Nearly everyone knows “Grease,” the iconic musical with toe-tapping tunes, incredible dance moves, and romance and drama at Rydell High. Behind all of the show’s glitz and glamour lies tremendous hard work from a dedicated team making the cast look (and sound) as good as possible.
As the first official New Tampa Players (NTP) performance at the New Tampa Performing Arts Center, “Grease” is no ordinary musical — it’s a high-energy ride through the fabulous ‘50s, complete with a 1957 Chrysler that has to be dollied on and off stage. A hidden army of talented workers ensures the show’s success, working diligently behind the scenes. They don’t often get the spotlight, but the show could not go on without them.
NTP producing artistic director Nora Paine, a homeschool mom of four and the producing artistic director, also manages the stage, with the help of assistant stage managers Kristin Nelson, Emily Buonaquisiti and aspiring playwright Mark Weisenmiller. With her headset on and monitor in place, the company feels secure as Paine calls out cues from a barely lit space backstage. Her techy husband Joshua, “her theatre saint,” and son Sebastian also play vital roles, helping with support and lights (while Keith Eisenstadt designed the lighting).
Paine jokes that her favorite part of being a stage manager is “going to sound very stage managery, but it’s when a set change goes well. The stage lights go down at the right time. The set pieces move in the choreography that you need them to. Everything slides in. The next set piece comes in. The lights go up, and the orchestra syncs all together.”
Nelson, a medical scribe and first-time assistant stage manager who has performed in some previous NTP productions, says, “My favorite thing has been watching the cast grow. I enjoy getting to be part of the magic behind the scenes. Creating this world was super cool.”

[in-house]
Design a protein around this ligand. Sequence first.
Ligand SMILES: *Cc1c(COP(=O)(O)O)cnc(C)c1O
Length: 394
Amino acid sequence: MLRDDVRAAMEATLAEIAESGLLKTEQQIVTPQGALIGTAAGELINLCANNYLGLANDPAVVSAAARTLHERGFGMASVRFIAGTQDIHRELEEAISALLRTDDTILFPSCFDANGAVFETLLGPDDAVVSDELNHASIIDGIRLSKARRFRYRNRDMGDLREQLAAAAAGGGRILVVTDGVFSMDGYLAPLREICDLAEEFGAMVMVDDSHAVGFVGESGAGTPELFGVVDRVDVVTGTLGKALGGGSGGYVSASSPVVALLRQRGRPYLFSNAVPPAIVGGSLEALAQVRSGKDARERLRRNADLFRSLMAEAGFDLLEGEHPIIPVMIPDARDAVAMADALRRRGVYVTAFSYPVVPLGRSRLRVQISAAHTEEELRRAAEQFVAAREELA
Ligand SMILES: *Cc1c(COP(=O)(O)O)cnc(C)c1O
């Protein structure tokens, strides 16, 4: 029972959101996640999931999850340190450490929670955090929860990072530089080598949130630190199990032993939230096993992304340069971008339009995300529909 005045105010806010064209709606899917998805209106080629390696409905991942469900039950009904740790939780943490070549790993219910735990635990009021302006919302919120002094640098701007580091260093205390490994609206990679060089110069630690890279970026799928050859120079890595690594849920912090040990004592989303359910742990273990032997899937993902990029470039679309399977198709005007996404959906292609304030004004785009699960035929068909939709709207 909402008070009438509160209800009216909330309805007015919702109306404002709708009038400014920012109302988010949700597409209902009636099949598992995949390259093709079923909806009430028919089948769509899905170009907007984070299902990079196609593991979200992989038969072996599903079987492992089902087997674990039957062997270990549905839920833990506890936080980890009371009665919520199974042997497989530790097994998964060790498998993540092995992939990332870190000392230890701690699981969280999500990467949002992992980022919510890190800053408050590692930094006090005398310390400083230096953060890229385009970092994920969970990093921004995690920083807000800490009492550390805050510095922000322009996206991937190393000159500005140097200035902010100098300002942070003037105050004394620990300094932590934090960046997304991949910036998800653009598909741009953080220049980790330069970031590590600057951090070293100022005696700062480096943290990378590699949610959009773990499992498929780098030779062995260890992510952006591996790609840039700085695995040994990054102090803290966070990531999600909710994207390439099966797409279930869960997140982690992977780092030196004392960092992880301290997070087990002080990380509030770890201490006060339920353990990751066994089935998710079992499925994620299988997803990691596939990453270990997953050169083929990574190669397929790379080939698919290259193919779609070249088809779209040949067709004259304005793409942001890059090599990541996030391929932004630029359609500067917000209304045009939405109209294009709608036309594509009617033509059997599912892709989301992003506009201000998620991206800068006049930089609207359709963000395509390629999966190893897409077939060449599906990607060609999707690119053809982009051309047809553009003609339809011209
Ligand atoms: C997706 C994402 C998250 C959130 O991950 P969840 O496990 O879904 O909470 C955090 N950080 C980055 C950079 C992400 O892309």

A recent high school graduate, Buonaquisiti adds, “I love working with the actors, especially during set changes making sure everything goes smoothly and safely.”
While the performers spend months perfecting their lines, vocals and choreography, the director and music director are the masterminds behind the magic. In this musical, those roles are handled by the same person.
A computer programmer by day, director and musical director G. Frank Meekins says his favorite moment was when, “we actually got our stage, and the production came to life. We finally had the space to spread our wings.”
Meekins says that wearing both hats for “Grease” required more effort, as his attention was split between the two different roles; however, having true directorial control allowed him the creativity to make the dialogue and music gel. “It’s rewarding when it all comes together,” he says.
Meekins also notes that, “While this show follows the movie that many are familiar with, it’s also a little more gritty and deals with adult situations differently than the movie did. We are actually performing the original Broadway version from 1972. We maintained (most of) the items that would now be considered taboo in keeping the style of society back then.”
Professional dancer, Atlas Modern Ballet founder and HCC professor Sarah Walston provided the choreography for the show’s memorable dance routines. She taught the cast the hand jives, jitterbugs and other energetic dance routines — a new experience for the ballet and contemporary dance choreographer.
“As a dancer, I love ‘Grease,’” Walston says. “The community feel has made a project like this less stressful with all these moving parts. It’s really been a team effort and a great experience for me to learn what can happen in a musical with a great community.”